There was widespread support for the decision making process by consensus among respondents. It was acknowledged that RIPE and the RIPE NCC had a difficult task in operating in a rapidly changing technical and commercial environment. This was complicated further by the need to manage change and introduce new ideas across significant geographic, linguistic and legal barriers.

Most respondents felt that the current structure allowed them to adequately express their views but also believed that more could be done by the RIPE NCC to encourage and seek input.

Regarding RIPE Meetings, almost all respondents had attended at least one meeting but the majority did not anticipate future attendance unless the meeting was in their immediate geographic location and/or there was a topic of discussion that was of immediate relevance to the operating needs of their organisation.

Concerns with regard to RIPE Meetings included:

  • attendance is mainly based on proximity and cost
  • WG Chairs require facilitation skills as well as technical knowledge
  • too many overlapping sessions to obtain real benefit
  • meetings existence and content not well known

The most frequent suggestion to encourage member attendance was to try and increase reach and participation by using live web casts, audio conferencing and other technologies.

Among comments given for input to the RIPE NCC, respondents noted:

  • that services were unduly bureaucratic and time consuming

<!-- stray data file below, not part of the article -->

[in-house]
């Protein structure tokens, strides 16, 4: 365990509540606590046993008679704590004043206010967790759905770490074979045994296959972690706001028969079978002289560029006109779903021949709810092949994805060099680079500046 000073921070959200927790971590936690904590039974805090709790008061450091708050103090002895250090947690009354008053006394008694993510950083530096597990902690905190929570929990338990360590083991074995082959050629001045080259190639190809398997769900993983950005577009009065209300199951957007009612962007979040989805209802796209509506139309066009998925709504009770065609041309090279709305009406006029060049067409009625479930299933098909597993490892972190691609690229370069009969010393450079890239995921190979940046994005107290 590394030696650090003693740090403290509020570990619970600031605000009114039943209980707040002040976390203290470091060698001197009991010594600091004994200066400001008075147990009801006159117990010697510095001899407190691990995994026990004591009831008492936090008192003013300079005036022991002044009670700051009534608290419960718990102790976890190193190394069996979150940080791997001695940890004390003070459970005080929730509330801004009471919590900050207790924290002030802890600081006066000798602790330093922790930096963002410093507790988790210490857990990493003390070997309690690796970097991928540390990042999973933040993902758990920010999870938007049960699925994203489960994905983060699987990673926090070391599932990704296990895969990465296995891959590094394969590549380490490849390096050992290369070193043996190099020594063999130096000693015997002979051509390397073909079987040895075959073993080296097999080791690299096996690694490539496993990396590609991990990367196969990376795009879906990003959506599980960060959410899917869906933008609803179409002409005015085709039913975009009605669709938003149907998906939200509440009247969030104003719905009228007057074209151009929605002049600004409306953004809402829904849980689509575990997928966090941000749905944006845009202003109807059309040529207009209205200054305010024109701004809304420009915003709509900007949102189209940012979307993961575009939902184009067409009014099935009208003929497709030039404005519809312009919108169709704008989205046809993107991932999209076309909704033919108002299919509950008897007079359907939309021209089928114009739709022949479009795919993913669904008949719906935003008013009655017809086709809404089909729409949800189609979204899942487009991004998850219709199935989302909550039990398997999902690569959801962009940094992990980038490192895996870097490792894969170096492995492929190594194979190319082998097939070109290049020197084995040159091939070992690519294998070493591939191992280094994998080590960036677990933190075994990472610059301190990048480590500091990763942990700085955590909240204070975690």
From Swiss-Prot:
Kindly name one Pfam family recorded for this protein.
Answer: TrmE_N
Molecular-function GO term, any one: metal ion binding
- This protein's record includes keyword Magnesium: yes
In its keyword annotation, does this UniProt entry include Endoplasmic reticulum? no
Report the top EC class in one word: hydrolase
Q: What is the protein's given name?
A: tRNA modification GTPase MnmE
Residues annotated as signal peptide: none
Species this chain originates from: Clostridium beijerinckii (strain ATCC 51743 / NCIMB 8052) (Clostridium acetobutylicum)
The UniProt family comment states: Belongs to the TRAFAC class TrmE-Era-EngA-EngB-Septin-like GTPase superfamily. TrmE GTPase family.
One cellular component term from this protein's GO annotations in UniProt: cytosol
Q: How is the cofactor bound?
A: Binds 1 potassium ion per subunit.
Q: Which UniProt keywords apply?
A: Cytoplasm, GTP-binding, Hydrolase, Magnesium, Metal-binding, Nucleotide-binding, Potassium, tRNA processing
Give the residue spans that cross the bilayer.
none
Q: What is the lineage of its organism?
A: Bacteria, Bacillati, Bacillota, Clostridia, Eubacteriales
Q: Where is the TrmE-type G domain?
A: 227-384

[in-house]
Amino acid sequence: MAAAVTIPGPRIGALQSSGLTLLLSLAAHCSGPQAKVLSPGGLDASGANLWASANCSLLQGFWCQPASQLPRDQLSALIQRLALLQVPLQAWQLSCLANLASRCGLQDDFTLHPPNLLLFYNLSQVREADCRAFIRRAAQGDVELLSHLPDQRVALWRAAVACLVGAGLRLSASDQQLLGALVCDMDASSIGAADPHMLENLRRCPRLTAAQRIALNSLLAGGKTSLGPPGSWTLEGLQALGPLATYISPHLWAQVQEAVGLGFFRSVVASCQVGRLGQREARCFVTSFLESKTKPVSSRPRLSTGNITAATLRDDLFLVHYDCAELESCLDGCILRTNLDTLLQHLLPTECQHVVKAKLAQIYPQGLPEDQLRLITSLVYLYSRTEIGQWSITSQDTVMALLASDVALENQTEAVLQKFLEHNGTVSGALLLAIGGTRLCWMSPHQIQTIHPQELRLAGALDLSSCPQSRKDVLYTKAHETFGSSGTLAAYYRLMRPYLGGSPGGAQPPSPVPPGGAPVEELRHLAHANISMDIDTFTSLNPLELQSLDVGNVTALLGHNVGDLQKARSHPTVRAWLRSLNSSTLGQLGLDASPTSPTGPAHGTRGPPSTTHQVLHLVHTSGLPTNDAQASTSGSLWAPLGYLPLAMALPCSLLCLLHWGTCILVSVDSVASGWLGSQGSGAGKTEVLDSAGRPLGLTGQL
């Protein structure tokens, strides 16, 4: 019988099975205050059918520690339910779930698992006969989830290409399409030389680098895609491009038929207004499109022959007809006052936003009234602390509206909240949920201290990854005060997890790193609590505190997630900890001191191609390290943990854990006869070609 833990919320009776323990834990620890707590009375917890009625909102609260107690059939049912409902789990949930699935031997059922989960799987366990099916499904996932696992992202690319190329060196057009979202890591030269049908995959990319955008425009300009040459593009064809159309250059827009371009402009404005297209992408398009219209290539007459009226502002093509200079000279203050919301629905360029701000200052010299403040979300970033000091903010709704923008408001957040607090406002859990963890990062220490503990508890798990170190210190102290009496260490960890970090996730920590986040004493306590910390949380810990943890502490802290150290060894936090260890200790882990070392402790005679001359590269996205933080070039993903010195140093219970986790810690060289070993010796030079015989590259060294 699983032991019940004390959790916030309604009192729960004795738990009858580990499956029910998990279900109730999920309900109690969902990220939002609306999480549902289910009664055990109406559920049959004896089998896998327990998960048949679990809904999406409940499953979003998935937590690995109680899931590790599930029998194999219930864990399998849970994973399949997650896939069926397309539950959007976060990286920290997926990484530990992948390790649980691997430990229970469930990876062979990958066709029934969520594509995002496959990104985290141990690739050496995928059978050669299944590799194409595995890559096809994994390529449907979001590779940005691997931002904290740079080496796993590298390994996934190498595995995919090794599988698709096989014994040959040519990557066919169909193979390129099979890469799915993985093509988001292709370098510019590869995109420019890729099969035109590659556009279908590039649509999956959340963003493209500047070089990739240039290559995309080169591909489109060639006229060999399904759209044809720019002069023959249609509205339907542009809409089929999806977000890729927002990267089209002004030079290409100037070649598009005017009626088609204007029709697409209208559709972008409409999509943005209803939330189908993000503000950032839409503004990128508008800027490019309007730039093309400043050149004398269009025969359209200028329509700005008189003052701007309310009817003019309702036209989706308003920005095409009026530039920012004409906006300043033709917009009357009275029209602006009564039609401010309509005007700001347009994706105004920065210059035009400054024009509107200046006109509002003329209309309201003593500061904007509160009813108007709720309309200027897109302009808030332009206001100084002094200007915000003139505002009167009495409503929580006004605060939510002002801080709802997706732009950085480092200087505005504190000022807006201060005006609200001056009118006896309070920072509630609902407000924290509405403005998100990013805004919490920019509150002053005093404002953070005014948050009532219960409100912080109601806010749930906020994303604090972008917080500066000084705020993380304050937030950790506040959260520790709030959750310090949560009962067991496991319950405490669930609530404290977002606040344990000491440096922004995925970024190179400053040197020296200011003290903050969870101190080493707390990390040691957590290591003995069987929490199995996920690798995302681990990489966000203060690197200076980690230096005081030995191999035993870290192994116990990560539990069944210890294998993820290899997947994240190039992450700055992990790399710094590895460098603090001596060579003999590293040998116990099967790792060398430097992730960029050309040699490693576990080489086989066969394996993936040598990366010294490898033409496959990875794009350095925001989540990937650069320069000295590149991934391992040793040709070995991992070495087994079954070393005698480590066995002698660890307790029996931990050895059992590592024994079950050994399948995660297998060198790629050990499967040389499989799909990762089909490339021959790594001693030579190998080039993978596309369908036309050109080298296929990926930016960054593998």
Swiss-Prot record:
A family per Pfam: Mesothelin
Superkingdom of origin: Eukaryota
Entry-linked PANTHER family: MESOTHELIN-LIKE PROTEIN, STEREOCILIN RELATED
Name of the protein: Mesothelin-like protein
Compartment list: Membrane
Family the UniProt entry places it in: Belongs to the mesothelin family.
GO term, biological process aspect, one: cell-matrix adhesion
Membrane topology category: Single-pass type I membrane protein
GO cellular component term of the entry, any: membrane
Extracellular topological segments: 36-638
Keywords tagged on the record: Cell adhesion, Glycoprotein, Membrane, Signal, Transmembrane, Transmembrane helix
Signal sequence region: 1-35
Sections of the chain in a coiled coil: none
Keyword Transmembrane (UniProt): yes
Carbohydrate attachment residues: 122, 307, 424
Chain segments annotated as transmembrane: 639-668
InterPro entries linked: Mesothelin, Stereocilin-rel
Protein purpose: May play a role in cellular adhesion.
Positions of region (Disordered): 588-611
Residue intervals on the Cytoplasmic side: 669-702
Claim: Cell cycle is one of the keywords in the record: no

• that newcomers perceived WGs and mailing lists as for "old timers" who knew each other
  • that there was a need for discussion groups to provide clear web summaries for non-participants
  • a private forum for members/LIRs was needed

In external relationships, members noted that a more proactive relationship with governments and other agencies was necessary. This included:

  • a need for more inter-RIR collaboration
  • being proactive to ensure governments have a balanced picture
  • facilitating governments' plans for Internet expansion

Observations noted consistently on the RIPE NCC included:

  • members of the Internet community need a well-functioning RIPE NCC
  • the RIPE NCC's fees are a relatively small cost in members' businesses but they still want high service standards and quick response times
  • while the main function should continue to be address allocation and management, the RIPE NCC should continue to have some involvement in other issues
  • any other issues/services should be related and relevant to members' businesses
  • while initial R & D is acceptable there should not be ongoing subsidisation

There was unanimous support for the RIPE NCC to seek views on both service standards and new services from the membership. The top three means of seeking input included:

  • surveys
  • proactively requesting feedback by e-mail
  • questionnaires

The majority of respondents also believed that the RIPE NCC should provide technological leadership in:

  • IPv6 policy, distribution and training
  • uses in multicasting, mobile IP wireless and multimedia networks
  • best practice deployment rather than development
  • telecommunications areas that impact the membership

Regarding the RIPE NCC's future structure and operations, respondents noted that the RIPE NCC had functioned successfully while the environment in which it operated had changed significantly. However, it was believed that the RIPE NCC as a service organisation needed to have a greater customer service focus. Suggestions included:

  • removing the bias towards technical issues
  • assigning a RIPE NCC person to each country or operator
  • having policy established before process